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Academic Medicine:
doi: 10.1097/ACM.0b013e31823c3e86
Letters to the Editor

Black Balls and Diagnostic Reasoning

McLaughlin, Kevin PhD; Coderre, Sylvain MD; Wright, Bruce MD

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Assistant dean of undergraduate medical education, Office of Undergraduate Medical Education, University of Calgary, Calgary, Alberta, Canada; kmclaugh@ucalgary.ca. (McLaughlin)

Associate professor, Department of Medicine, University of Calgary, Calgary, Alberta, Canada. (Coderre)

Associate dean of undergraduate medical education, Office of Undergraduate Medical Education, University of Calgary, Calgary, Alberta, Canada. (Wright)

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In Reply:

We thank Drs. Sherbino and Norman for their thoughtful comments on our manuscript and for proposing an alternative explanation for our results. We have three comments in reply.

First, we disagree with the statement that we “claimed to prove.” It would be audacious for us to claim to prove any scientific hypothesis, and particularly one for which there are such conflicting data in the literature. Rather, we went to some lengths to highlight the equipoise in the area of analytic information processing and its contribution to diagnostic performance.

Second, we feel the “black ball” hypothesis oversimplifies information processing when diagnosing. There is no role for analytic processing when pulling balls out of a bag and deciding if they are red or black. That is a very different cognitive challenge from interpreting clinical features and the results of investigations to decide which of the many disease processes that can damage the liver is the most likely in an individual patient.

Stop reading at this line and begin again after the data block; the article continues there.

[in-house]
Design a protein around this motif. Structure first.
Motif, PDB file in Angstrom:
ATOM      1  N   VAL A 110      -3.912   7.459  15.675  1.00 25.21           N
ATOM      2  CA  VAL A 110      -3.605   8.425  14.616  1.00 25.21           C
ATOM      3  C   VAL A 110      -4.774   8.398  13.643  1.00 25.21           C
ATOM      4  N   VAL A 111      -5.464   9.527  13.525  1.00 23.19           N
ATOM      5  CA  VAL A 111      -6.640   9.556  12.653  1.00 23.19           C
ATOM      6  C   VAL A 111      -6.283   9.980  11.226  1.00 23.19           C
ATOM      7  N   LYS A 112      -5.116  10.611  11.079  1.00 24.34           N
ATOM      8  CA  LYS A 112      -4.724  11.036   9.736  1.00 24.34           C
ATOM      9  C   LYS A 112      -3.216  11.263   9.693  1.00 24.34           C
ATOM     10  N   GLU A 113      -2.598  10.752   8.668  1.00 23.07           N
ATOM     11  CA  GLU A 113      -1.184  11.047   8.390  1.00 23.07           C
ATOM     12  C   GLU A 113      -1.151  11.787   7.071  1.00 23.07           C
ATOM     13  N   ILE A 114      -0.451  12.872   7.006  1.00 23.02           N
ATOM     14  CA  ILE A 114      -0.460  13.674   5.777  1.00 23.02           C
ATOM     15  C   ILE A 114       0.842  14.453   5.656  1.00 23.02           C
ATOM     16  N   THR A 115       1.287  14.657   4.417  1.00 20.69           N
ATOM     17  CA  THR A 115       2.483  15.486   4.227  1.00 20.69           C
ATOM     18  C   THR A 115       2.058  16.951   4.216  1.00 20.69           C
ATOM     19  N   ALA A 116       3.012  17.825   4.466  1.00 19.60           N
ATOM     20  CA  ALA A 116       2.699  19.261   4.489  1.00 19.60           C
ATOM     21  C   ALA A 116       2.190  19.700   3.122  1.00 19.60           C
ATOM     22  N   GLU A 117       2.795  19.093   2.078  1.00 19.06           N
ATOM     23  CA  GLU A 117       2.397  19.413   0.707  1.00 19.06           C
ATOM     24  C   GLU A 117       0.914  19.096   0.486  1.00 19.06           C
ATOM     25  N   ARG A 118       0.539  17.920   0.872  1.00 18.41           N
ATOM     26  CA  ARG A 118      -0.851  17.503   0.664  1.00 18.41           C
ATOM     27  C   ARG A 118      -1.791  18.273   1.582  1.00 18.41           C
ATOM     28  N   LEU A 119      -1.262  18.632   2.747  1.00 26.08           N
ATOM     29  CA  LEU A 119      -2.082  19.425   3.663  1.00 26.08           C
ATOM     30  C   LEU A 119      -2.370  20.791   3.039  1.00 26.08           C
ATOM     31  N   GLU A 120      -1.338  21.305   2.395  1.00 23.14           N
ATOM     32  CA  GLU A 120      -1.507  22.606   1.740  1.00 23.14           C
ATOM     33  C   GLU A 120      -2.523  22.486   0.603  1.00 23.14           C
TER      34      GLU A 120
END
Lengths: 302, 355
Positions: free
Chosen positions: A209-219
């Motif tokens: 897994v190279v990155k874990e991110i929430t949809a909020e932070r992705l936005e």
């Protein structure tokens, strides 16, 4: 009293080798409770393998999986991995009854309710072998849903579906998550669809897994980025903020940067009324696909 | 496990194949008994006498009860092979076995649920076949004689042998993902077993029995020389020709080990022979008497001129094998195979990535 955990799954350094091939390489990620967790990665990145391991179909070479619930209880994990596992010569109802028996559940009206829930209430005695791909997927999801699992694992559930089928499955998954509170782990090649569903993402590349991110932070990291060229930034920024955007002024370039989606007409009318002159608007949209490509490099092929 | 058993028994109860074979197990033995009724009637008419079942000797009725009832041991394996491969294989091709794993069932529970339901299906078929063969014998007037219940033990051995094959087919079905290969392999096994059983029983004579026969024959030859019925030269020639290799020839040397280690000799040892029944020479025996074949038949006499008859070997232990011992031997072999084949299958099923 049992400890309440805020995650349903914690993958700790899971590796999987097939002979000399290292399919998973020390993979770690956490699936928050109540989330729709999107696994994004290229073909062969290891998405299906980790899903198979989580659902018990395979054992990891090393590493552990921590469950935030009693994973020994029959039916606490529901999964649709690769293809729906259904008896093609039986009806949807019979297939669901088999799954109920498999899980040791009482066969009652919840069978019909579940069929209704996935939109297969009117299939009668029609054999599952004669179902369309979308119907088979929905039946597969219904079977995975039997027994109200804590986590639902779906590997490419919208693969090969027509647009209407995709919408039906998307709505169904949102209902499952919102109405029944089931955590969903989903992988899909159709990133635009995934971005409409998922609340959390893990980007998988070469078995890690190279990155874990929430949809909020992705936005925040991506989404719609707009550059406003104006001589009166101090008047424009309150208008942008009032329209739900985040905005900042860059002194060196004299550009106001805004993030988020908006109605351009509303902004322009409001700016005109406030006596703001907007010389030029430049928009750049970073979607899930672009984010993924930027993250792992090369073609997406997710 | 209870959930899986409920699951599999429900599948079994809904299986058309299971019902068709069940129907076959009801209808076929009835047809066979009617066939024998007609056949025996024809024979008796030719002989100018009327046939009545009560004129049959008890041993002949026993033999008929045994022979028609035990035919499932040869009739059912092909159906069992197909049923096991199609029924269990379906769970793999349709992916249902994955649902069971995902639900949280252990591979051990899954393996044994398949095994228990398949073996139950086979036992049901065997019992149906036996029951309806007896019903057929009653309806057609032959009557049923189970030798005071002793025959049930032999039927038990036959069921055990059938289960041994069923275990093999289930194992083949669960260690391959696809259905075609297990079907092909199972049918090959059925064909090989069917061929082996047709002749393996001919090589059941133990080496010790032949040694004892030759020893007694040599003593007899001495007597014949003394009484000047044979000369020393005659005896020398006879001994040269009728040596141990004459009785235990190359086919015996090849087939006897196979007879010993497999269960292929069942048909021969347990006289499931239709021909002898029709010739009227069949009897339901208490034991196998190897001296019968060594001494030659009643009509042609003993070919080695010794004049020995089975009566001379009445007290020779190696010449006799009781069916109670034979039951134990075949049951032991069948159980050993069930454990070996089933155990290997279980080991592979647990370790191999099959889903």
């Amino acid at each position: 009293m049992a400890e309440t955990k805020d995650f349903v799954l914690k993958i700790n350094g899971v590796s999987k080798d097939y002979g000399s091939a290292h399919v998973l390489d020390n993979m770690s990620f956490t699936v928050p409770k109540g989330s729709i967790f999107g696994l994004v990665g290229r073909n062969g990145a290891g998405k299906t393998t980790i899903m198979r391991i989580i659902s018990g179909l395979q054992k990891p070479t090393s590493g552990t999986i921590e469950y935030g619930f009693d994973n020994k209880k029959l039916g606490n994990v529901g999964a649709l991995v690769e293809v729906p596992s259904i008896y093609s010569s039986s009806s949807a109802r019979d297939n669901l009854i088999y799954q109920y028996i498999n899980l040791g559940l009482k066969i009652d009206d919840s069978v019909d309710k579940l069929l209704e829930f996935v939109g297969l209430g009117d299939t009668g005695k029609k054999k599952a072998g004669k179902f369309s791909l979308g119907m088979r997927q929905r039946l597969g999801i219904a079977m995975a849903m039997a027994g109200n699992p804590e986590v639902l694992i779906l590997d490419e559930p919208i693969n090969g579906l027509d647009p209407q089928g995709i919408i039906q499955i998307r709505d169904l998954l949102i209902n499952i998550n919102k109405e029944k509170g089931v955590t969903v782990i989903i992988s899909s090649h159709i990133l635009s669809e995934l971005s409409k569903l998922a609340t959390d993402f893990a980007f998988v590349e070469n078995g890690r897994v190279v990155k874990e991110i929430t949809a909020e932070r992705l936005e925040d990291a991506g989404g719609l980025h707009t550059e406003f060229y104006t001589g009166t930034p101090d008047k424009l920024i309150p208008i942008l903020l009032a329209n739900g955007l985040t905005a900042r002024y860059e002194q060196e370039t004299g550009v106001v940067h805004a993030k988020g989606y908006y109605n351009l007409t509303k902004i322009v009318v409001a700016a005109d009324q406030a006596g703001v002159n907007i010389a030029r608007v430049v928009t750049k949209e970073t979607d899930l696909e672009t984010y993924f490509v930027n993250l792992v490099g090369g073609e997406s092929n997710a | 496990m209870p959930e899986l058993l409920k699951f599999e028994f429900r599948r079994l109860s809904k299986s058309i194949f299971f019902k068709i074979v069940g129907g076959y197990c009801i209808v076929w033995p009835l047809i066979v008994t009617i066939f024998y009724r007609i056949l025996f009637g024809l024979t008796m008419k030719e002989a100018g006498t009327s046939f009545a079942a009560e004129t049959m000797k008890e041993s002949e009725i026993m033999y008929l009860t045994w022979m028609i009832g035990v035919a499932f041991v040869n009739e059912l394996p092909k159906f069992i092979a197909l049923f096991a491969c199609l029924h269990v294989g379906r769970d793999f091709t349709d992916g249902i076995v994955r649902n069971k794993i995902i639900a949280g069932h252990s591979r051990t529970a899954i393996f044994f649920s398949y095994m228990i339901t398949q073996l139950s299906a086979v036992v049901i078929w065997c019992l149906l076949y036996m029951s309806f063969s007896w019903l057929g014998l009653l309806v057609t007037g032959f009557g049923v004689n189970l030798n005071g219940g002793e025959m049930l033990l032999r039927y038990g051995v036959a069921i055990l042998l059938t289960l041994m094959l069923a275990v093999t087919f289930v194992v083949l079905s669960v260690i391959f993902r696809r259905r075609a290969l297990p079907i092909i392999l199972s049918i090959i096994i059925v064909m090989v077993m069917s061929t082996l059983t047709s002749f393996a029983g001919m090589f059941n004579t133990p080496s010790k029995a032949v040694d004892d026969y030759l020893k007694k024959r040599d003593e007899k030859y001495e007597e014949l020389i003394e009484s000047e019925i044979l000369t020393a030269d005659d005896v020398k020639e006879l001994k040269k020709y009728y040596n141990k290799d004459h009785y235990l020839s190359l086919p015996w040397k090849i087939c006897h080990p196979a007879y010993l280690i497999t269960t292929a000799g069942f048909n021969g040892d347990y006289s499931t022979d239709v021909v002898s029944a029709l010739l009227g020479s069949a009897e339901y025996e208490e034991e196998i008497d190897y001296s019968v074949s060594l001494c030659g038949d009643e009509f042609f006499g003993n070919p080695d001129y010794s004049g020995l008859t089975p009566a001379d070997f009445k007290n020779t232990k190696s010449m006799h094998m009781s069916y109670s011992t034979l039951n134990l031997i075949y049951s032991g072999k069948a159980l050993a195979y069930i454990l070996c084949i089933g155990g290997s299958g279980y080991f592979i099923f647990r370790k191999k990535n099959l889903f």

Finally, we agree with Drs. Sherbino and Norman that it is always possible that automatic processing, rather than analytic processing, resulted in the students' final diagnosis, correct or incorrect. It is, after all, not possible to switch off automatic processing, and it was not our objective to compare automatic versus analytic processing. Instead, we tried to facilitate the use of analytic processing by our participants in providing them with the type of data that are typically processed analytically, and then to study whether the addition of analytic to automatic processing improved, or hindered, diagnostic performance. Granted, it is not possible to prove that our participants used analytic processing—but previous studies of first-year medical students suggest that they typically process information analytically under these experimental conditions.1,2

Acknowledging that we have as much control over the thinking of students and physicians as we do over the drinking of horses, a more appropriate conclusion from our study is that when we provided additional data—along with instructions to query an initial diagnostic hypothesis in light of those data—performance on discordant cases improved and performance on concordant cases was preserved.

Kevin McLaughlin, PhD

Assistant dean of undergraduate medical education, Office of Undergraduate Medical Education, University of Calgary, Calgary, Alberta, Canada; kmclaugh@ucalgary.ca.

Sylvain Coderre, MD

Associate professor, Department of Medicine, University of Calgary, Calgary, Alberta, Canada.

Bruce Wright, MD

Associate dean of undergraduate medical education, Office of Undergraduate Medical Education, University of Calgary, Calgary, Alberta, Canada.

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References

1Coderre S, Mandin H, Harasym PH, Fick GH. Diagnostic reasoning strategies and diagnostic success. Med Educ. 2003;37:695–703.

2McLaughlin K, Novak K, Rikers R, Schmidt H. Does applying biomedical knowledge improve diagnostic performance when solving electrolyte problems? Can Med Educ J. 2010;1. http://cmej.synergiesprairies.ca/cmej/index.php/cmej/article/view/5. Accessed September 12, 2011.

© 2012 Association of American Medical Colleges

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